Published: September 19, 2023
Review by Madelia Hickman Ring; Photos Courtesy D.L. Straight Auctioneers
STURBRIDGE, MASS. — David Straight closed out summer on September 9 by offering exactly 448 lots in his “Summer Americana” auction, which saw more than 85 percent of which find new homes. When we reached him after the auction, he said that in such an unpredictable auction market, he was very pleased with the results.
A new buyer in London, who had never before bid with D.L. Straight previously, had the winning bid for several things, including the top lot of the day, a large wooden carving of George Washington that stood 62 inches tall and had been discovered in a Connecticut estate. Retaining its original paint, it had been estimated at $1/2,000 and brought a strong price of $3,584. Added to the same London buyer’s tab for $2,176 was a painted iron pub sign depicting Lord Nelson, which Straight said had come to auction from a large estate in Virginia that offered many nice things in the sale.
Nautical antiques were led at $2,560 by a double sailor’s shell valentine from a Cape Cod estate. Brian Coole’s (American, British, b 1939) oil on canvas painting of clipper ship outrunning a squall, 15 by 12 inches, sailed to $768, and a scrimshaw whale tooth with a whaling scene took a bite out of its estimate with a $704 result.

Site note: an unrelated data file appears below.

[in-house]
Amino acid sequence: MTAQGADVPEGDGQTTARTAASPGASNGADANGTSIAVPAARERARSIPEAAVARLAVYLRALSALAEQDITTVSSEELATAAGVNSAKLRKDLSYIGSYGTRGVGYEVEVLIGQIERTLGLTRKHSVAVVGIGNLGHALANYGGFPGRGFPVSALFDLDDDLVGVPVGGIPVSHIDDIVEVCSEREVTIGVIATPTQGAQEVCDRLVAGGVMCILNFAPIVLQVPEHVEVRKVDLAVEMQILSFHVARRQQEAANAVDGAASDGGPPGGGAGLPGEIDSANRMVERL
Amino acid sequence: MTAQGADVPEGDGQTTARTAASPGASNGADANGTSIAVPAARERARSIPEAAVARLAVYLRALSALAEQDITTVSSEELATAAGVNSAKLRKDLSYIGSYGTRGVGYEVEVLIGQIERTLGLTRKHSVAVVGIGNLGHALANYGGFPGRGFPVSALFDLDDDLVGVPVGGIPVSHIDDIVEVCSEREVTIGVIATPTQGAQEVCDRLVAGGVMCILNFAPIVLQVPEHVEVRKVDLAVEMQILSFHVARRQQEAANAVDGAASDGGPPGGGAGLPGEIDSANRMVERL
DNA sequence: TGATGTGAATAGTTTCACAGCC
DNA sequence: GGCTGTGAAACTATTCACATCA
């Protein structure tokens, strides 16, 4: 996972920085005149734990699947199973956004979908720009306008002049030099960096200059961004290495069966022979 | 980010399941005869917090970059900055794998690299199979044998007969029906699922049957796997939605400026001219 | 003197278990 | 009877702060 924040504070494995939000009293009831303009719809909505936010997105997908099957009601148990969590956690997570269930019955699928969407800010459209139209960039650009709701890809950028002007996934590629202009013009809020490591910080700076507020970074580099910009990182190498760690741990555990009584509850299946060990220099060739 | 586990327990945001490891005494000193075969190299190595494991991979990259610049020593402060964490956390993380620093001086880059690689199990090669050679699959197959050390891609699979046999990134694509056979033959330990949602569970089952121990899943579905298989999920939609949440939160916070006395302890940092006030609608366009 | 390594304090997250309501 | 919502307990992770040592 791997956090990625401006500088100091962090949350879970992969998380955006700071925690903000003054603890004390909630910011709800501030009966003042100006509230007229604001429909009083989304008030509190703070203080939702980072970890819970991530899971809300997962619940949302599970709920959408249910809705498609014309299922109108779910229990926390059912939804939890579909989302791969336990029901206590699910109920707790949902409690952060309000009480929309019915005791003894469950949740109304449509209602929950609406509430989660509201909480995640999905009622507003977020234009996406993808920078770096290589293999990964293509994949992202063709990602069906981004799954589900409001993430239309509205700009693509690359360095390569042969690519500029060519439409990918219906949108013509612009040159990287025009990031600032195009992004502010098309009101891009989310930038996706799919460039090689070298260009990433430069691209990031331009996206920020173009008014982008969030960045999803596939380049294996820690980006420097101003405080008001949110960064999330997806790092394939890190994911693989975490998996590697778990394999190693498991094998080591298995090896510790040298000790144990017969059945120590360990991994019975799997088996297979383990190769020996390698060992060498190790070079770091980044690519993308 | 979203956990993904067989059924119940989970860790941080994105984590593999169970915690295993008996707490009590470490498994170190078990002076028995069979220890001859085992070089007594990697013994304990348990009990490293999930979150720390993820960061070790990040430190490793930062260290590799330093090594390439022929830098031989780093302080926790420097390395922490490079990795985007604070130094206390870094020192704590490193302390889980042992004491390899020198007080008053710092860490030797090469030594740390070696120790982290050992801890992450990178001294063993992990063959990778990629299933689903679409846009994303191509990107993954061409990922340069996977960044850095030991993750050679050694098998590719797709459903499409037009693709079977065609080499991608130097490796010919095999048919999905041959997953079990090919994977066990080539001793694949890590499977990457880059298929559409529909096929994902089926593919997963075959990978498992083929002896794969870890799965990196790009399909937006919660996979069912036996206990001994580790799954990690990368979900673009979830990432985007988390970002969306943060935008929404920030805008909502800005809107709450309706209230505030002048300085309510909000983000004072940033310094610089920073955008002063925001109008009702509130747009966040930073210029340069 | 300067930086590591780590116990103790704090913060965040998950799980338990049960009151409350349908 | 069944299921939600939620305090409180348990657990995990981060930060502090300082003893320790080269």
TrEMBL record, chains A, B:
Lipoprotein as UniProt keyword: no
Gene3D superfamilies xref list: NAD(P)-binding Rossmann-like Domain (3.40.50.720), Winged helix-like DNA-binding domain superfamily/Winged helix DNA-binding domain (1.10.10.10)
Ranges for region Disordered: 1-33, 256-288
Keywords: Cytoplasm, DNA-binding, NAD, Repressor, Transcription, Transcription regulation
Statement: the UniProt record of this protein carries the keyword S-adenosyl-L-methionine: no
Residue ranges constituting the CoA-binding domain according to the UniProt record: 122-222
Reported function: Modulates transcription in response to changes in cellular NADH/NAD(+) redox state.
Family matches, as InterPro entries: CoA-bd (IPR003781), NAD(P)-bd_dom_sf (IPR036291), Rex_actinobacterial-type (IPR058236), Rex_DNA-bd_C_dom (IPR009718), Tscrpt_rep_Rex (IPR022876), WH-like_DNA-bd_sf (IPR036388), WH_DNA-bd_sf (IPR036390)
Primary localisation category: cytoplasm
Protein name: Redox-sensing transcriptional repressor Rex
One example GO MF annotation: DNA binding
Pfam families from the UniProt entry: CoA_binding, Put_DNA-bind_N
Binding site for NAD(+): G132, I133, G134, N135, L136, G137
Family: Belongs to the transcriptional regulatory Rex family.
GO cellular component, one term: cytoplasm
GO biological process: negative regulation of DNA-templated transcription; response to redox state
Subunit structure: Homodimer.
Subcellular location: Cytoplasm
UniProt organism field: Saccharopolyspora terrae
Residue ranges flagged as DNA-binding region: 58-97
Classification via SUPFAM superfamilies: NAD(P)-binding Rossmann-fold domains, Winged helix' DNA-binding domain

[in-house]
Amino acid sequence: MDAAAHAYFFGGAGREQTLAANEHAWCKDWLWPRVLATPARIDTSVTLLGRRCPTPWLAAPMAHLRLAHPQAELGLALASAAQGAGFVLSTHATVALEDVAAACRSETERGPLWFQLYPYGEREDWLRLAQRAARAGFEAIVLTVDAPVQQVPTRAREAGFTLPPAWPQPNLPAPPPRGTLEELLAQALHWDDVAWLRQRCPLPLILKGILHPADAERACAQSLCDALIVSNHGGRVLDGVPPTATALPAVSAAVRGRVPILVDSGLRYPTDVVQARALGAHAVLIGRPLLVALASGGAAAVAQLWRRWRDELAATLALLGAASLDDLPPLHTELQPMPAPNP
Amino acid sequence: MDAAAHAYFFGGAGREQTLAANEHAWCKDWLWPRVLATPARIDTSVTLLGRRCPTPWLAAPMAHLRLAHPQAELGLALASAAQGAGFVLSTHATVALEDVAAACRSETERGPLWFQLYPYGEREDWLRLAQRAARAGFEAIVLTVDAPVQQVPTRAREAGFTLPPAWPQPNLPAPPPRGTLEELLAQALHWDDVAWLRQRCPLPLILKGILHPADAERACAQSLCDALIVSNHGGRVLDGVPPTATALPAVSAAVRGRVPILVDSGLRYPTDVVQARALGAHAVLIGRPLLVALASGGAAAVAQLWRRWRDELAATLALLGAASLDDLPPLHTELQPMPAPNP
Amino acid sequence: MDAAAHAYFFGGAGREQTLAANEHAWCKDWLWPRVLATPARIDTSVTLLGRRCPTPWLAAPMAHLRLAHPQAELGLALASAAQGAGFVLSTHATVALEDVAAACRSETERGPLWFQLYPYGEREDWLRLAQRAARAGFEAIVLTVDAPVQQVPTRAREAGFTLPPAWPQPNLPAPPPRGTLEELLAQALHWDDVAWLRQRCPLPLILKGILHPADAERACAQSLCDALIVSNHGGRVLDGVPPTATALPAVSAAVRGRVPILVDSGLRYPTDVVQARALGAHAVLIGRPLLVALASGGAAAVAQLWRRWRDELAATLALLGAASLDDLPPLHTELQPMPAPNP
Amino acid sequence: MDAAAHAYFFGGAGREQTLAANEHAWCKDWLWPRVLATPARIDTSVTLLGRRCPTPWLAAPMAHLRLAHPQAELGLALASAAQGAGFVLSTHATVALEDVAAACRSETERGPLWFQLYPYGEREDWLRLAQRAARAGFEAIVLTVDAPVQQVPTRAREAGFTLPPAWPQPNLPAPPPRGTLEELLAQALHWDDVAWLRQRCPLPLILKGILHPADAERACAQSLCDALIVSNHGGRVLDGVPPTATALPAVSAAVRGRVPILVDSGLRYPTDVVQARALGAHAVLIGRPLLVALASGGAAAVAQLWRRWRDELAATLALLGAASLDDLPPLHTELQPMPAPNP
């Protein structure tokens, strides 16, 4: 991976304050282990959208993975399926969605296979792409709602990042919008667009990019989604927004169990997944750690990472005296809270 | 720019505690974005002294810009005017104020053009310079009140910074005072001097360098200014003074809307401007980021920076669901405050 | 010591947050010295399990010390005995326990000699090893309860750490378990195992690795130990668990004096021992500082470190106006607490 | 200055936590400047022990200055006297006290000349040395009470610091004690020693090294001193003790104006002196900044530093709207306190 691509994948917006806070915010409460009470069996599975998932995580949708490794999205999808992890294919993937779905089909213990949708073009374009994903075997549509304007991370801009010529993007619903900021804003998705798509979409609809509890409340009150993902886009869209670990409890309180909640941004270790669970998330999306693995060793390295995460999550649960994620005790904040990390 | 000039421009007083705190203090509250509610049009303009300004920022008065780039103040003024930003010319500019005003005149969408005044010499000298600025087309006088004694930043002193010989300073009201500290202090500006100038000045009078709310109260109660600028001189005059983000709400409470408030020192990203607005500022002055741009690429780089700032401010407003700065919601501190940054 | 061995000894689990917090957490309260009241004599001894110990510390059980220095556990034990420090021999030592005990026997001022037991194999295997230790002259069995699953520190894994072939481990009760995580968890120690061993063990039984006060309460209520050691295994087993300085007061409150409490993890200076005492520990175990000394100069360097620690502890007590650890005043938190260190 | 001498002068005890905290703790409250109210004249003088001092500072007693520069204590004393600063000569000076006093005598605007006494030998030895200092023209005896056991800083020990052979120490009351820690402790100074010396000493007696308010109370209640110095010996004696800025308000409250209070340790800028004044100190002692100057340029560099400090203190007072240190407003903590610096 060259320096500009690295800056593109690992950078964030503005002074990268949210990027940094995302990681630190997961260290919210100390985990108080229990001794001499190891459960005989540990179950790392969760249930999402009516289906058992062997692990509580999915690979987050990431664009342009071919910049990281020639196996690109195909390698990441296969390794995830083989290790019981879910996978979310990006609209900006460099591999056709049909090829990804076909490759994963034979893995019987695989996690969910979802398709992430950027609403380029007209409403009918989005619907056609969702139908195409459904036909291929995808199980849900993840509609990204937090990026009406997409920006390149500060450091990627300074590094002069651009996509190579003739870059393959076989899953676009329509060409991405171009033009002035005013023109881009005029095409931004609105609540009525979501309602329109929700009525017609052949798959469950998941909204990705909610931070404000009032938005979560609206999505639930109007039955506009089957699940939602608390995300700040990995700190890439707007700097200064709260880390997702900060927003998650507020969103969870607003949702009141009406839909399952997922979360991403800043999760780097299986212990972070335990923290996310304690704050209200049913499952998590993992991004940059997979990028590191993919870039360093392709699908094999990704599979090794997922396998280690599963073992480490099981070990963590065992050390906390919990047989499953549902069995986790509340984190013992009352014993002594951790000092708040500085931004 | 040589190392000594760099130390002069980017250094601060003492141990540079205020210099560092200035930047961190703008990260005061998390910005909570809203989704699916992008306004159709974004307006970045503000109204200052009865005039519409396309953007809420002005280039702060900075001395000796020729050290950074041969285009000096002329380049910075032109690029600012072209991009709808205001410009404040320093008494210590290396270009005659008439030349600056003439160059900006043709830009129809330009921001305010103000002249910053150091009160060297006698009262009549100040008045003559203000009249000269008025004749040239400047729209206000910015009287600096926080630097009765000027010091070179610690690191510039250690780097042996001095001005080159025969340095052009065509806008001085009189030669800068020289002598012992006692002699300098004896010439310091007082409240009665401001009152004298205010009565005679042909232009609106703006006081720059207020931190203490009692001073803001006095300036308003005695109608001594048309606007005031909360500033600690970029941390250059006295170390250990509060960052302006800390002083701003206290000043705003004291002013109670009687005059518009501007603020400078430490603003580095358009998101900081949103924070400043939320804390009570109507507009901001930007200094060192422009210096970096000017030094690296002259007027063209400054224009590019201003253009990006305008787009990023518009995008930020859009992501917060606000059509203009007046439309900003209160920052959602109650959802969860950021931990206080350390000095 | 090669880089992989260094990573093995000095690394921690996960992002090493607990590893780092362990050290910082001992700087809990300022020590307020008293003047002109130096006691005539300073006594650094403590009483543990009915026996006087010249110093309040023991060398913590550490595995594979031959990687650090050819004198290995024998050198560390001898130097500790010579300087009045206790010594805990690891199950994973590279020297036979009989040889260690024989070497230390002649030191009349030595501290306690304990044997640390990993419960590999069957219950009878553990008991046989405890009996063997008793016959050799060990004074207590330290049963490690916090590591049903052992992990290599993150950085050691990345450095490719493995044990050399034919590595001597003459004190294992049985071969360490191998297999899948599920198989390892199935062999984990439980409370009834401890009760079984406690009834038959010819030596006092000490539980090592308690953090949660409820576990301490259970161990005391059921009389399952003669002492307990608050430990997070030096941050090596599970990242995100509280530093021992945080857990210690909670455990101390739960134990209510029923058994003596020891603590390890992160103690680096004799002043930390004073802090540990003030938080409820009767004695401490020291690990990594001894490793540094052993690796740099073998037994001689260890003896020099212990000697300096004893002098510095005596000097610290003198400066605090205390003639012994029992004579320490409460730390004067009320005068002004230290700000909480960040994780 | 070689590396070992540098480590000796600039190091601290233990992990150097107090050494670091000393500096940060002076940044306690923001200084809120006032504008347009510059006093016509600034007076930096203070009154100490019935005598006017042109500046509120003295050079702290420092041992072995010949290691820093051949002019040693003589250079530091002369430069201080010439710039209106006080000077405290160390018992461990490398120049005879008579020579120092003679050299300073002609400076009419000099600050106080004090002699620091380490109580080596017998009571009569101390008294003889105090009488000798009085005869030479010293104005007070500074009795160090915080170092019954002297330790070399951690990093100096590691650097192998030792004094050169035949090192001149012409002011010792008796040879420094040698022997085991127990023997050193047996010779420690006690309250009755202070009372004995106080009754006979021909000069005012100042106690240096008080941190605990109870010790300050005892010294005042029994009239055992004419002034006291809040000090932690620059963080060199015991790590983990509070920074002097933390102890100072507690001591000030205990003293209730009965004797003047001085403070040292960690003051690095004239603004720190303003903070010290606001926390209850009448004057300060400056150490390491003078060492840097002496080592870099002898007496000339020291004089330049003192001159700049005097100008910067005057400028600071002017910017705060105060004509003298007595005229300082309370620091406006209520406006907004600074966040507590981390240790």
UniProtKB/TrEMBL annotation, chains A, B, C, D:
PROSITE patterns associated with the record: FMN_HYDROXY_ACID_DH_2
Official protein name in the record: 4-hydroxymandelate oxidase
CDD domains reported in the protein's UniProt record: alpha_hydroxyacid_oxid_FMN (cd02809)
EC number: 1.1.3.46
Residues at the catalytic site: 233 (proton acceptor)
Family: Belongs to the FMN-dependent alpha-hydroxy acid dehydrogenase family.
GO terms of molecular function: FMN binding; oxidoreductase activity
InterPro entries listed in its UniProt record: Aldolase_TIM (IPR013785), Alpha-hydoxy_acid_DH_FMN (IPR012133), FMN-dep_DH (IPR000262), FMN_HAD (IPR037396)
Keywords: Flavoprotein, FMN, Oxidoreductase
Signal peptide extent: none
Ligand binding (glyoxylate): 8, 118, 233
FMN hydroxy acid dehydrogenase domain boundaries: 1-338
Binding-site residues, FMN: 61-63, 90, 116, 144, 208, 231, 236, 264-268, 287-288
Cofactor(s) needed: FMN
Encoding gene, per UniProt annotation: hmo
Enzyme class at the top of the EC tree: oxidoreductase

A Seventeenth Century Spanish trestle foot walnut table with old surface beat out a good selection of American furniture to lead the category with an above-estimate price of $2,048. Straight confirmed it was going to a buyer in California. A buyer in New England paid $1,920 for a William and Mary high chest, 1700-20, which was characterized in the catalog as “rare,” undoubtedly because it retained its original burl veneer drawer fronts and Quaker type locks. Following closely behind in price at $1,664 was a Queen Anne bonnet top highboy attributed to the Connecticut River Valley that sold to a buyer in North Carolina. Rounding out the furniture highlights at $1,536 was a Chippendale tiger maple chest on chest that will be staying in New England.
Speaking of tiger maple, Straight pointed out the $960 achieved for a tea caddy with boldly figured tiger maple wood and large conch shell inlays to both the top and front. It was one of several caddies in the sale, including tortoiseshell examples. One with shaped sides made $1,920; a sarcophagus example earned $1,664 and an octagonal one, with Prince of Wales feather inlaid, exceeded expectations with a $608 bid.
Other noteworthy Americana results include the $1,280 paid for a two-sided sign for “The Squirrel Inn;” $1,216 for a large copper rooster weathervane; $1,152 for a Nineteenth Century mochaware pitcher with tobacco leaf pattern that stood six inches tall; and for $1,088, a Pennsylvania German decorated dome top box with original blue paint, red and white lovebirds, swags and tulips that dated to 1820-30 and retained its original snipe hinges.
Prices quoted include the buyer’s premium as reported by the auction house.
David Straight said he’d already started lining up “some fantastic things” for his next sale, which would take place in early October, exact date TBD.
For additional information, 508-769-5404 or www.dlstraightauctioneers.com.
December 5, 2023
December 5, 2023
December 5, 2023
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